Hornady No.9 [Archive] - Glock Talk

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hogfish
11-11-2012, 17:15
Hi. I just saw that it's out. Anyone have it, or has heard anything about it? I have No.7, and I'm wondering if I should get it. IIRC, No.8 had bad reviews.

Thanks.

Kentguy
11-11-2012, 17:49
hogfish,

I have the 8th Edition, and I use it all the time, I also use Hornady's XTP & FTX bullets for 380, 9mm, 38 special, 357 mag, 45 acp & 44 mag. so I have found their load data to be extremely useful. I also have called Hornady on more than one occasion and found them to be great to work with and you don't have to feel like pulling teeth just to get some information. I have put together quite a few reliable & accurate rounds using my 8th Edition manual and am looking forward to checking out this new Edition.

I saw that the 9th Edition is out (or coming out soon?). I am planning on buying it once it becomes available on-line or in my area.

WiskyT
11-11-2012, 17:54
I'm sticking with my #3. I did have to buy a Loadbooks for 40SW because the #3 was published before anyone invented the 40SW.

hogfish
11-11-2012, 18:23
hogfish,

I have the 8th Edition, and I use it all the time, I also use Hornady's XTP & FTX bullets for 380, 9mm, 38 special, 357 mag, 45 acp & 44 mag. so I have found their load data to be extremely useful. I also have called Hornady on more than one occasion and found them to be great to work with and you don't have to feel like pulling teeth just to get some information. I have put together quite a few reliable & accurate rounds using my 8th Edition manual and am looking forward to checking out this new Edition.

I saw that the 9th Edition is out (or coming out soon?). I am planning on buying it once it becomes available on-line or in my area.

Thank you for the comments on No.8.

I got an e-mail from MidwayUSA saying they have No.9. This is why I posted.

:)

Kwesi
11-11-2012, 19:00
I'm sticking with my #3. I did have to buy a Loadbooks for 40SW because the #3 was published before anyone invented the 40SW.

I've got #3 but with 1980 copyright that is pretty limited on powders.

WiskyT
11-11-2012, 19:06
I've got #3 but with 1980 copyright that is pretty limited on powders.

Unique, Bullseye, and 2400, what else is there?

JBnTX
11-11-2012, 19:07
I ordered one from Midway.

ron59
11-11-2012, 19:10
I don't bother with buying loading books.

I go to the powder manufacturer's website. They give LOTS of load data.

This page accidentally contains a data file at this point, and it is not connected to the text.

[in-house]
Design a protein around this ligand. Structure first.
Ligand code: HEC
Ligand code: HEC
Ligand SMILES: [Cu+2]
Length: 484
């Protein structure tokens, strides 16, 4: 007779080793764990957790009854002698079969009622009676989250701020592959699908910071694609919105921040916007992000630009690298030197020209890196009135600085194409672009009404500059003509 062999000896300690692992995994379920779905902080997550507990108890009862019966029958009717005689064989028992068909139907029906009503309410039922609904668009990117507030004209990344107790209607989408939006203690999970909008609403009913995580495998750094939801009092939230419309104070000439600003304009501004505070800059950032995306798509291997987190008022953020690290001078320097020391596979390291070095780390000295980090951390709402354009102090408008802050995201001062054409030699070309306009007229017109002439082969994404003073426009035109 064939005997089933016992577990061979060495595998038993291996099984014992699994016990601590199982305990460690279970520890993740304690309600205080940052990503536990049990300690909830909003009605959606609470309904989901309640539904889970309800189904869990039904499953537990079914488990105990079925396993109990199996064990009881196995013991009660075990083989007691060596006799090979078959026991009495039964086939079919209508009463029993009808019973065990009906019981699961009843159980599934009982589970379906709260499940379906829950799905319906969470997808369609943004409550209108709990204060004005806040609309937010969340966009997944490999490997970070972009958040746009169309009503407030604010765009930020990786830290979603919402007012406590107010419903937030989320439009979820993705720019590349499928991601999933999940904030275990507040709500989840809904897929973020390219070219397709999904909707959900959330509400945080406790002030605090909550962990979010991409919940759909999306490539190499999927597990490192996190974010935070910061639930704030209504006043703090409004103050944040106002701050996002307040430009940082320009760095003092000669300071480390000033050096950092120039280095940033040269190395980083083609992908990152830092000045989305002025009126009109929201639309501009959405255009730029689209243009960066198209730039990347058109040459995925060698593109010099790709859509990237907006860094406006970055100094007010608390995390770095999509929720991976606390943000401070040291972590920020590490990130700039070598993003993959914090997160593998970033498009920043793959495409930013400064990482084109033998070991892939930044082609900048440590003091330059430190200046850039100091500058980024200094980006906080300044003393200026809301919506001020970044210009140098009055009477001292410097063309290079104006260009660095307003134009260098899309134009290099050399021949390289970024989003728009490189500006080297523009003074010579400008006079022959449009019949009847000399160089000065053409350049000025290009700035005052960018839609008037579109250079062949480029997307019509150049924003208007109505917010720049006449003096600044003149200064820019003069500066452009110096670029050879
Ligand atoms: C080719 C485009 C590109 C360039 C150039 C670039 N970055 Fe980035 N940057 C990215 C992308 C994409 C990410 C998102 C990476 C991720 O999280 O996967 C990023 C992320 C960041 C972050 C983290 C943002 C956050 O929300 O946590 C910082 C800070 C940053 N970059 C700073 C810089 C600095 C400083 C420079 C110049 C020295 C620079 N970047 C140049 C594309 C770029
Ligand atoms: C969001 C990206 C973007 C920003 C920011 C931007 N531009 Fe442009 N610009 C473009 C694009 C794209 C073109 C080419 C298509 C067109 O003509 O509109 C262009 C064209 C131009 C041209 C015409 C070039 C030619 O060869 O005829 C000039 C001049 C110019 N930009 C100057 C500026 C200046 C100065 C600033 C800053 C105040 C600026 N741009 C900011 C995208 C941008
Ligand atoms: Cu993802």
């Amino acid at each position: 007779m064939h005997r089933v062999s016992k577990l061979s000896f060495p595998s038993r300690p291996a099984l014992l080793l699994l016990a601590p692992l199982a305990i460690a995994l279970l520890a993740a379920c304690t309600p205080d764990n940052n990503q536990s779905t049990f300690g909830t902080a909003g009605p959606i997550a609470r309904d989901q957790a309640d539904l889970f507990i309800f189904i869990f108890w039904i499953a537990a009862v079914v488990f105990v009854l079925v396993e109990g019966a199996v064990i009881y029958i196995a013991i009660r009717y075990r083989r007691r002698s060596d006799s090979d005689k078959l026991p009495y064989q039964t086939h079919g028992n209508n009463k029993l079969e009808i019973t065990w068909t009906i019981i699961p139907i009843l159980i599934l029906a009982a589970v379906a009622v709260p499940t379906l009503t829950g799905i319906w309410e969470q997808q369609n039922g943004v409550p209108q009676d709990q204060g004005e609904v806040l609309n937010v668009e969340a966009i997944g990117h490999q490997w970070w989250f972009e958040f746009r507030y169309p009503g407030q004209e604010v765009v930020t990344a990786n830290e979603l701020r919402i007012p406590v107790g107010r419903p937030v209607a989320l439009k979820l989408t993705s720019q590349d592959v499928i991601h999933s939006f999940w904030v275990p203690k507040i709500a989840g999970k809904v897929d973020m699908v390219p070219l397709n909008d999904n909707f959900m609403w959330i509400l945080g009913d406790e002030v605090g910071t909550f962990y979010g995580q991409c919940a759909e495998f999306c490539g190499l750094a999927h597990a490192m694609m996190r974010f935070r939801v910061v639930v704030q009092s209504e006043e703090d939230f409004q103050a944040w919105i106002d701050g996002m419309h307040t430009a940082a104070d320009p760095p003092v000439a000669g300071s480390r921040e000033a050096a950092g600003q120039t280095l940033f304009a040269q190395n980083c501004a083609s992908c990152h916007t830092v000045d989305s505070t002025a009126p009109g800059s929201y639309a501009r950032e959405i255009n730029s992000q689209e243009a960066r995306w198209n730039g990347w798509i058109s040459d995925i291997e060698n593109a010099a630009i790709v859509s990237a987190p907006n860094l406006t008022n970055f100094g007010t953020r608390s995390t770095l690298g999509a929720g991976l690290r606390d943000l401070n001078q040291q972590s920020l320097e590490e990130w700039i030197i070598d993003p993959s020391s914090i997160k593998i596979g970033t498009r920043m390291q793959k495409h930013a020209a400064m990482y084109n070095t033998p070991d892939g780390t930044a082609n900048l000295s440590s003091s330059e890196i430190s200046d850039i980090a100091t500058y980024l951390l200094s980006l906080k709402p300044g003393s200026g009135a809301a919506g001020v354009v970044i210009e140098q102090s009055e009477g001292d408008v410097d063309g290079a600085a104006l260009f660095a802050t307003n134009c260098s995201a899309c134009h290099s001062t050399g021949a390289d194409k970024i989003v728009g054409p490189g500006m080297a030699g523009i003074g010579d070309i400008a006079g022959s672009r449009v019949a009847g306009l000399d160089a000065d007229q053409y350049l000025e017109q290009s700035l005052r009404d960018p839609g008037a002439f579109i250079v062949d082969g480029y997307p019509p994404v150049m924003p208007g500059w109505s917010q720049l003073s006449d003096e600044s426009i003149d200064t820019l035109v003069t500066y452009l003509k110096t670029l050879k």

I use that as a guideline, then look here or Enos for more info maybe for a particular bullet type.

Start low, work up (ideally with a chrono)... $20 or $30 or more for load book? No thanks.

I know that's not a popular answer, but at LEAST for 9mm stuff it's worked fine. I've used Solo 1000, WSF, TiteGroup, and VVN320, and have used 3 different bullets (Montana Gold, Precision Delta, and now Bear Creek molys). No problems.

shotgunred
11-11-2012, 19:47
Unique, Bullseye, and 2400, what else is there?

SO so many good powders and a few bad ones.

noylj
11-12-2012, 19:20
Alliant powders are all you need.
Some love their "boutique" powders or powders de jure.
I prefer 231/HP38 and AA2 over Bullseye and think Solo 1000 is a very promising powder (if it isn't eliminated), but wouldn't ever insult someone else's choice unless it was dangerous.
Too many reloaders currently judge powders by how "clean" they are and not be accuracy on target.
Since I fire at least 5000 rounds in my .45s between cleanings and have never had a failure related to dirty guns, I see no reason to be obsessed with cleanliness. However, we all choose a powder for our own reasons.
I found Hornady #8 to be excellent for load data with newer powders. This is the big draw for a new manual. #9 should include many of the newest powders de jure--maybe even Superformance powder.

hogfish
11-13-2012, 05:25
Hi, again. I'd like to clear something up. When I wrote that I thought Hornady No.8 had bad reviews, I believe they were based on whether it was worth buying if you already had No.7. For example: I'd be disappointed if No.9 didn't have data for .338 RCM and Superformance powders.

Thanks.

Zombie Steve
11-13-2012, 19:17
I have Hornady 7 and 8.

I liked 8 better. Found 7 to be one of the most conservative in powder charges and optimistic in performance that I've ever seen.

One thing I will say for anyone starting out, they have an excellent read on headspace and chamber pressures in the beginning of the book.


The lead data is weak.


What I'm really waiting for is Lyman #50. :cool:

JBnTX
11-13-2012, 22:54
The lead data is weak.


What I'm really waiting for is Lyman #50. :cool:



:agree:...The Lyman Cast Book is my favorite load manual.
I shoot lots of lead.

Kentguy
11-14-2012, 07:05
Zombie Steve & JPnTX,

I agree, I have the Lyman 49th edition and wouldn't hesitate to buy the 50th when (if) it comes out. :thumbsup:

Sources like "Loadbooks" & "LEE" (which I have both) are a compilation of sources not necessarily their own test data. Still IMO when it comes to load data - the more the merrier. The only thing I would like to see from Hornady is more types/data on lead rounds. I know their specialty is jacketed bullets however it would be nice if they would expand that in their 9th Edition.

fredj338
11-14-2012, 09:49
I'm sticking with my #3. I did have to buy a Loadbooks for 40SW because the #3 was published before anyone invented the 40SW.
Which is why it's good to have current manuals WT. New powders, new calibers, nice to stay current. Old books are for old powders, so I do keep all mine. Hornady seems to publish more than others so I do skip every other one. COunting on just the powder manuf sites is a mistake IMO, but they are useful for cross ref.